Michel Setboun was only 17 when he started travelling the world. On one of his journeys, he stopped in Yugoslavia and in Kosovo. This moment piqued his interest in visiting the isolated Albania. Setboun arrived in Albania for the first time in 1981 disguising himself as a member of a young French Marxist group travelling there as part of a friendship agreement between the two countries.
This may be seen in his series ‘Albania 1981’ in which there are no pictures depicting the realities of jails, internment camps, the destruction of places of worship, or even poverty. ‘Life on the Streets During the Communist Regime’ is the only secretly taken photograph that captures the shock Albanians felt upon seeing foreigners. It is odd that, aside from this photograph, throughout the entire series Michel is not identified as the photographer. What we observe is an elaborate system of fabrications created by the regime to present Albania as a happy and prosperous country. Aware of the presence of a parallel reality, he returns in 1986 and every year up to communism's downfall in 1991. His trips to Albania are documented in the series ‘Timeless Albania’ and ‘The fall of communism’. His return in 1990 was different from the times he came disguised as a tourist in an isolated country. This time, he is a photojournalist in action, covering the fall of the communist system for international news agencies. If we google his name, we can understand his significance as a photographer by looking at photos of the massive Albanian escape to Europe on July 2, 1990, which can be found in the series ‘Exodus’, the first pluralist elections in the series ‘The Beginning of Democracy’ and the events following the Anticommunist Demonstration on April 2, 1991 in Shkoder in the series ‘Riots and funerals of April 1991’. Shkodra, the epicenter of communist persecution and the city of the first democratic uprisings in the 1900s, occupies a special place in his photographs. In contrast to other series with a political focus, Michel is also interested to religion. He keeps an attentive eye on the documentation of the revival of religious practices in the ‘Rebirth of Christianism and Islam’ series. Dom Simon Jubani, a Catholic priest who spent 26 years in prison and organized the first mass which heralded the fall of the dictatorship, is a central figure in these events. This exhibition focuses on Setboun's involvement in recording Albania's communist regime downfall and some rituals he captured during the 1990s; it does not include his subsequent trips to Albania.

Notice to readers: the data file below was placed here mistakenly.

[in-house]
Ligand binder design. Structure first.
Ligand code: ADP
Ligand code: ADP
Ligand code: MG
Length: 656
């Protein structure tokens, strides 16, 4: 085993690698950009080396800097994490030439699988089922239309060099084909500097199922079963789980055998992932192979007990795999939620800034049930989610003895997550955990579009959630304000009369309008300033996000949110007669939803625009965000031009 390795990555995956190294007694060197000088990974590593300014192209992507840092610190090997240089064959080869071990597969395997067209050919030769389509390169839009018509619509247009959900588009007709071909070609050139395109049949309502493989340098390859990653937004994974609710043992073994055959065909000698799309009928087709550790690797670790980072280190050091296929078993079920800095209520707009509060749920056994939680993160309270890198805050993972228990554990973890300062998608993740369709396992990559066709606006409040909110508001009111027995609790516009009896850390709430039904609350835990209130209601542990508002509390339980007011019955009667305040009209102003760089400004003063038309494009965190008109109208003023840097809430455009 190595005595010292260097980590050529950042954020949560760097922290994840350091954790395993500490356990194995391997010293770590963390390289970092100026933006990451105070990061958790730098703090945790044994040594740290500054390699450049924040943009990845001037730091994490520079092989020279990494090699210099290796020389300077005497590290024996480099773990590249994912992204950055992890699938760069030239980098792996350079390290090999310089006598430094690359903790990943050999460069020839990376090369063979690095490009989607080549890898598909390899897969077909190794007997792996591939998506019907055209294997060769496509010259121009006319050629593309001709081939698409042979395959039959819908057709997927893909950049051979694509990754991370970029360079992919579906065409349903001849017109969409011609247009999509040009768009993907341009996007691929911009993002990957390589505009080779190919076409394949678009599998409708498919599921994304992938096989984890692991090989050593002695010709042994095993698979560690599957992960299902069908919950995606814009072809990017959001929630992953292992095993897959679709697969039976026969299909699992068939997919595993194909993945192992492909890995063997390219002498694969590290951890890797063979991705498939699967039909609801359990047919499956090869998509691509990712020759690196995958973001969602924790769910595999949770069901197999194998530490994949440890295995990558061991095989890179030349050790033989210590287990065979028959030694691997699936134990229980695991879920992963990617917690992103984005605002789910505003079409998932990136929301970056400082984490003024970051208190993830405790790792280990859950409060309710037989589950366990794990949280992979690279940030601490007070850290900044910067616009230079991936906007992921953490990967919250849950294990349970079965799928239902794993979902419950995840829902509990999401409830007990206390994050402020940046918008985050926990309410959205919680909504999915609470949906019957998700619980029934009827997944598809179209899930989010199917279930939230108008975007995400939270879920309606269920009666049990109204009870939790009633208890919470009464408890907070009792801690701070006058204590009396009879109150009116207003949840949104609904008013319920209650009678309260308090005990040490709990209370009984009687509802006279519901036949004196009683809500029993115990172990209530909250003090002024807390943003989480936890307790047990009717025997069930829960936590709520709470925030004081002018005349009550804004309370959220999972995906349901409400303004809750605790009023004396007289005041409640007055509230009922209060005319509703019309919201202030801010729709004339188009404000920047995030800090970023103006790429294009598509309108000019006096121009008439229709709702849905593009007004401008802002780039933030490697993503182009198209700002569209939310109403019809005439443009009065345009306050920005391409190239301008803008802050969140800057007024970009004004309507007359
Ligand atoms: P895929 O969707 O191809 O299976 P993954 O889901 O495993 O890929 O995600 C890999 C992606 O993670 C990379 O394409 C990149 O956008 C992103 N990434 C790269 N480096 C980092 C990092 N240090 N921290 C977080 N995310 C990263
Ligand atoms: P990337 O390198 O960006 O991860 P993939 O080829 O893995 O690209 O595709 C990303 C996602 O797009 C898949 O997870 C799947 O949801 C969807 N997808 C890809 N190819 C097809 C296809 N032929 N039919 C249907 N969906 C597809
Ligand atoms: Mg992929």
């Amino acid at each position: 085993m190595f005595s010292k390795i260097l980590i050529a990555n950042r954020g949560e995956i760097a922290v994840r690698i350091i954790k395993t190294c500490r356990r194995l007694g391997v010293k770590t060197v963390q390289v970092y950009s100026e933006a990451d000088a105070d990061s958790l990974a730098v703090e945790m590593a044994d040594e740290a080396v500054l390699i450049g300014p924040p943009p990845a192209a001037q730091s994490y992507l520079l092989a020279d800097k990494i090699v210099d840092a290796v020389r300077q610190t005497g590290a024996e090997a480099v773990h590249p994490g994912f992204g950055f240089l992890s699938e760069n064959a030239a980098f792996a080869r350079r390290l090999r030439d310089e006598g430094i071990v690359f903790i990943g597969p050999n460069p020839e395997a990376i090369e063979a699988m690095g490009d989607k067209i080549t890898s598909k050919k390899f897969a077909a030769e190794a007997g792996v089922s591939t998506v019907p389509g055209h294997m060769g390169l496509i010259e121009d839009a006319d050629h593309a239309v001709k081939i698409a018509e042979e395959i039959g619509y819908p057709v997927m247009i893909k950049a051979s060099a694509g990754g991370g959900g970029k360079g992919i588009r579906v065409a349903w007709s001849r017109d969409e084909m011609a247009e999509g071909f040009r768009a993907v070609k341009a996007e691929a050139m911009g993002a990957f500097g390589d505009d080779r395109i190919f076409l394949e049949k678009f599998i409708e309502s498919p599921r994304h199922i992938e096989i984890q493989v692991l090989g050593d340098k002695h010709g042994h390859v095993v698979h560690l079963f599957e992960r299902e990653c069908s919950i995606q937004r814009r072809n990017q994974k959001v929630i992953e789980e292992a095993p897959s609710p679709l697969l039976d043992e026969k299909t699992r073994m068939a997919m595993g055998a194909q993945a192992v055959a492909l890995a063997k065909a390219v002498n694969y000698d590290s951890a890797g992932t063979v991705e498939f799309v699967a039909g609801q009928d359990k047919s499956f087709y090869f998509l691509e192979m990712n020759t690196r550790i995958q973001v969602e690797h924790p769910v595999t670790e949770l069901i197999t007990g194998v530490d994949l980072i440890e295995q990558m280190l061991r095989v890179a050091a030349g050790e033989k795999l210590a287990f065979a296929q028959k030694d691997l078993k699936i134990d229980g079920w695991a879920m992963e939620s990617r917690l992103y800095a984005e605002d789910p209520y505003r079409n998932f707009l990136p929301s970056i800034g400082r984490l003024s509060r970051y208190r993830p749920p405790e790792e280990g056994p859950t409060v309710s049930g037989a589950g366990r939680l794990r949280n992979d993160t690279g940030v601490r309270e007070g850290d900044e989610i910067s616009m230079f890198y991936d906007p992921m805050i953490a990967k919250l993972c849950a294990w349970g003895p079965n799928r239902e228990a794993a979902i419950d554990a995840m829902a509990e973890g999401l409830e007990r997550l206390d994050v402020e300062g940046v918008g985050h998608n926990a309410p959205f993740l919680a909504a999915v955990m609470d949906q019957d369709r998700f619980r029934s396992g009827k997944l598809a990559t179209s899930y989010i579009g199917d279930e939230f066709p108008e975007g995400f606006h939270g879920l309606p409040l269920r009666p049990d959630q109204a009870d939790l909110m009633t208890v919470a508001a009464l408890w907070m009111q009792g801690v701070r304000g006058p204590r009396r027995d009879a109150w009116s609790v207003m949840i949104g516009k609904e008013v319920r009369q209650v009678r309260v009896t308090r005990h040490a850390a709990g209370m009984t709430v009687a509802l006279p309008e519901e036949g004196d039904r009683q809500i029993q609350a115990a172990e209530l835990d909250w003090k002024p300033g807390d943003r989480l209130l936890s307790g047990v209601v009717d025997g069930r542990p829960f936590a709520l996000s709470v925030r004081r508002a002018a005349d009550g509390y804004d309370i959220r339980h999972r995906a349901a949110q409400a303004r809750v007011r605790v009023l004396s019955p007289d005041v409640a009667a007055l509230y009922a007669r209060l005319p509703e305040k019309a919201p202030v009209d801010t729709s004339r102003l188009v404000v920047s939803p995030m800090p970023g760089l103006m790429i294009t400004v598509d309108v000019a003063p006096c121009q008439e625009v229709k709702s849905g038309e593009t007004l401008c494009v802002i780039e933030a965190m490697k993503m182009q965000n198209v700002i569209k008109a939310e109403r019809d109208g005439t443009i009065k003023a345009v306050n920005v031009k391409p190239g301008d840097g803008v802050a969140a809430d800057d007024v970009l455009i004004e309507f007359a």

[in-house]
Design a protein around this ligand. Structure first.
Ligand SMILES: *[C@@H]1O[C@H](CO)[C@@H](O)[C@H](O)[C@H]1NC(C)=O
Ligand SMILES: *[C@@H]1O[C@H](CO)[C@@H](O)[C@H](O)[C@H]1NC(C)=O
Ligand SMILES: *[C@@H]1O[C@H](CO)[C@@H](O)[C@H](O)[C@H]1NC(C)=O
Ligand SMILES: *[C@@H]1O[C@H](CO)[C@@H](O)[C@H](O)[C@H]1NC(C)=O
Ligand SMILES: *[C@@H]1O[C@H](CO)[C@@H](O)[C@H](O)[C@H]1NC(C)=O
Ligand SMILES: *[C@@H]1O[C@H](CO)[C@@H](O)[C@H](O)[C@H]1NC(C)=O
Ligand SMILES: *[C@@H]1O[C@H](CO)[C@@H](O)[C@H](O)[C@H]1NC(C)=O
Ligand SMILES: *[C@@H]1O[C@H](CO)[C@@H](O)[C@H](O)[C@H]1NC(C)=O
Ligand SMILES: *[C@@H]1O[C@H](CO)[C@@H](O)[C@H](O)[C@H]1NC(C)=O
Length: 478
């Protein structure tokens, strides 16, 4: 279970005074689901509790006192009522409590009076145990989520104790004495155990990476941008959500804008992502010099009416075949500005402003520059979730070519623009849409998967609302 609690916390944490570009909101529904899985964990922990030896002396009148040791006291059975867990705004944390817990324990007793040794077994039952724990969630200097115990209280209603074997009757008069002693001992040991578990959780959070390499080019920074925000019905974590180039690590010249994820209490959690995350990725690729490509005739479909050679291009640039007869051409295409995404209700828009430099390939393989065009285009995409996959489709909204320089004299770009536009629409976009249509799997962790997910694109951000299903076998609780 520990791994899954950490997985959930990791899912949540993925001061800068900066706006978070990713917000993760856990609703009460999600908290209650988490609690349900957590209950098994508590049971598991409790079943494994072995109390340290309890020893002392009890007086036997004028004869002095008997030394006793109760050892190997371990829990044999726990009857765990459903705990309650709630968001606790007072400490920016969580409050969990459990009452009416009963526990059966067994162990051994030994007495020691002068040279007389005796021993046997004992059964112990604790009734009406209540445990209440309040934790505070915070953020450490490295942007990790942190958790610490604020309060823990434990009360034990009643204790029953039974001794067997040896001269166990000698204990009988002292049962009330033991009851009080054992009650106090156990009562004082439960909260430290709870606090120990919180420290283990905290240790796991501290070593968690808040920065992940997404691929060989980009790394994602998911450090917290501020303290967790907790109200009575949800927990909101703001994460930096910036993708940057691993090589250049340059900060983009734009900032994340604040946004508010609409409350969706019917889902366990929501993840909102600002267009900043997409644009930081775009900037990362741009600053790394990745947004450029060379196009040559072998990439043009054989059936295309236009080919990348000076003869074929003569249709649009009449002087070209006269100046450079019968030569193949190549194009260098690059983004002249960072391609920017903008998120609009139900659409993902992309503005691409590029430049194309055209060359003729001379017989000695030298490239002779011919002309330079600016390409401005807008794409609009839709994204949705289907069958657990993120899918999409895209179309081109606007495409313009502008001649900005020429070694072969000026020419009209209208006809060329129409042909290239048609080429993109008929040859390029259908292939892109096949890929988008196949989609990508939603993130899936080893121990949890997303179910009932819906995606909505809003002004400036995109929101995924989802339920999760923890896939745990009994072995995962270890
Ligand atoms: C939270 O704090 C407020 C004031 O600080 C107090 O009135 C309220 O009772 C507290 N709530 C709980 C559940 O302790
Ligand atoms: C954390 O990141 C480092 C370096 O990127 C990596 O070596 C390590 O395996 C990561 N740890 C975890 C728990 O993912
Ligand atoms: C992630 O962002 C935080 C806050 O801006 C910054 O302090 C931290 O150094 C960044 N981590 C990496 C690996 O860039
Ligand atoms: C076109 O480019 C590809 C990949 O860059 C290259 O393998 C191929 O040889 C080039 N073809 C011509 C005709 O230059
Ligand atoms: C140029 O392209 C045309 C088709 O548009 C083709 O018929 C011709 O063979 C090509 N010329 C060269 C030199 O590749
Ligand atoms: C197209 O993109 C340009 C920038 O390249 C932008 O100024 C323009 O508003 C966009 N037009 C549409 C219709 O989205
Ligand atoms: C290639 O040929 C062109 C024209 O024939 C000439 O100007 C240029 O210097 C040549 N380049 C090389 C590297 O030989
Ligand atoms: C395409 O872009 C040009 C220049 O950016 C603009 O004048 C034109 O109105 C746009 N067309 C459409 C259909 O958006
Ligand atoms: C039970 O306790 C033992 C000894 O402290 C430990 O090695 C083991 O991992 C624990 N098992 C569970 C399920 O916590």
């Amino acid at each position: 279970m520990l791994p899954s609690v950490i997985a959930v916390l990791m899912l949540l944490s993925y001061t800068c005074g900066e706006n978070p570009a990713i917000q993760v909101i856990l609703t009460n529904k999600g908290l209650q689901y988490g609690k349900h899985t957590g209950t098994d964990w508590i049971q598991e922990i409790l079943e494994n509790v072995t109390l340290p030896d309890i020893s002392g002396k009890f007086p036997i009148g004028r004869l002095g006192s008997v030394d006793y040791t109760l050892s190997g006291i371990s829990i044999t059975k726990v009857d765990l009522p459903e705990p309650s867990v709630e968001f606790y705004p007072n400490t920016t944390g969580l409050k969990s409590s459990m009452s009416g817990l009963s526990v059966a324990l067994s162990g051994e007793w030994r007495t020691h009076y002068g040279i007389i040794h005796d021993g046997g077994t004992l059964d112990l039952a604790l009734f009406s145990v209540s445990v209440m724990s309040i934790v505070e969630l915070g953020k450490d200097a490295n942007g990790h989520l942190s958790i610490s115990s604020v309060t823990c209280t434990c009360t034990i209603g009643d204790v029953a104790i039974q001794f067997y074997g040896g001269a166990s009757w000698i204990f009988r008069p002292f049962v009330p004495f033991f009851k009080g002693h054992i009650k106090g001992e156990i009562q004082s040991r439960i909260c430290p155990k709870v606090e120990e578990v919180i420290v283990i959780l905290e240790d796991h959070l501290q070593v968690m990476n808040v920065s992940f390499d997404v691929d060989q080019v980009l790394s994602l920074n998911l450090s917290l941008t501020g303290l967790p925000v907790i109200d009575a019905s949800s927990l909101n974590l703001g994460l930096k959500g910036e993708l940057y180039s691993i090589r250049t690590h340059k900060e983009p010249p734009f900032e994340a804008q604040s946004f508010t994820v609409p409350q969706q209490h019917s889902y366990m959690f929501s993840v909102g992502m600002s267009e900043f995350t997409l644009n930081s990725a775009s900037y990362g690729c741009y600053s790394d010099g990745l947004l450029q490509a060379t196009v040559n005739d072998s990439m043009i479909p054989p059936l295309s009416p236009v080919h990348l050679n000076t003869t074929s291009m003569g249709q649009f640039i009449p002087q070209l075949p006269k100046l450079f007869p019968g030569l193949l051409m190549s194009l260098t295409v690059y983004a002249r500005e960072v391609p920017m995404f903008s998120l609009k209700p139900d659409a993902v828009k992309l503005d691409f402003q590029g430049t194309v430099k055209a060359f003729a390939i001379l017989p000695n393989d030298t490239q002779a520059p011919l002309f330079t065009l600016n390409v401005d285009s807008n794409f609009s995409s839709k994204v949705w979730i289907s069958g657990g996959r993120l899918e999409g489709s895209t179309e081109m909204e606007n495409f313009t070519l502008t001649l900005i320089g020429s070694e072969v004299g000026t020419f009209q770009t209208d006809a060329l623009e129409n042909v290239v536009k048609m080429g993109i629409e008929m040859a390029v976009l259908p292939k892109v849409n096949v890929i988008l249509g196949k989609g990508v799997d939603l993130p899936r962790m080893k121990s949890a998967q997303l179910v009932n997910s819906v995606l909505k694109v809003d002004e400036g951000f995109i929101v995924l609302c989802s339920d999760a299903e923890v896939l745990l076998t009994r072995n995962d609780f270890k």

Michel Setboun is an internationally renowned photojournalist for SIPA agency who photographed ‘The Independence War in Angola' (1976), ' The Civil War in Lebanon’ (1976), ‘The Civil War in El Salvador' (1979) where he got wounded, 'The Soviet-Afghan War’ (1979), ‘The Islamic Revolution in Iran’ (1979), ‘The Iran-Iraq War' (1983), 'Nigeria refugee crisis’ (1982) which earned him the World Press Photo first prize and the ‘September 11 Attacks’ (2001).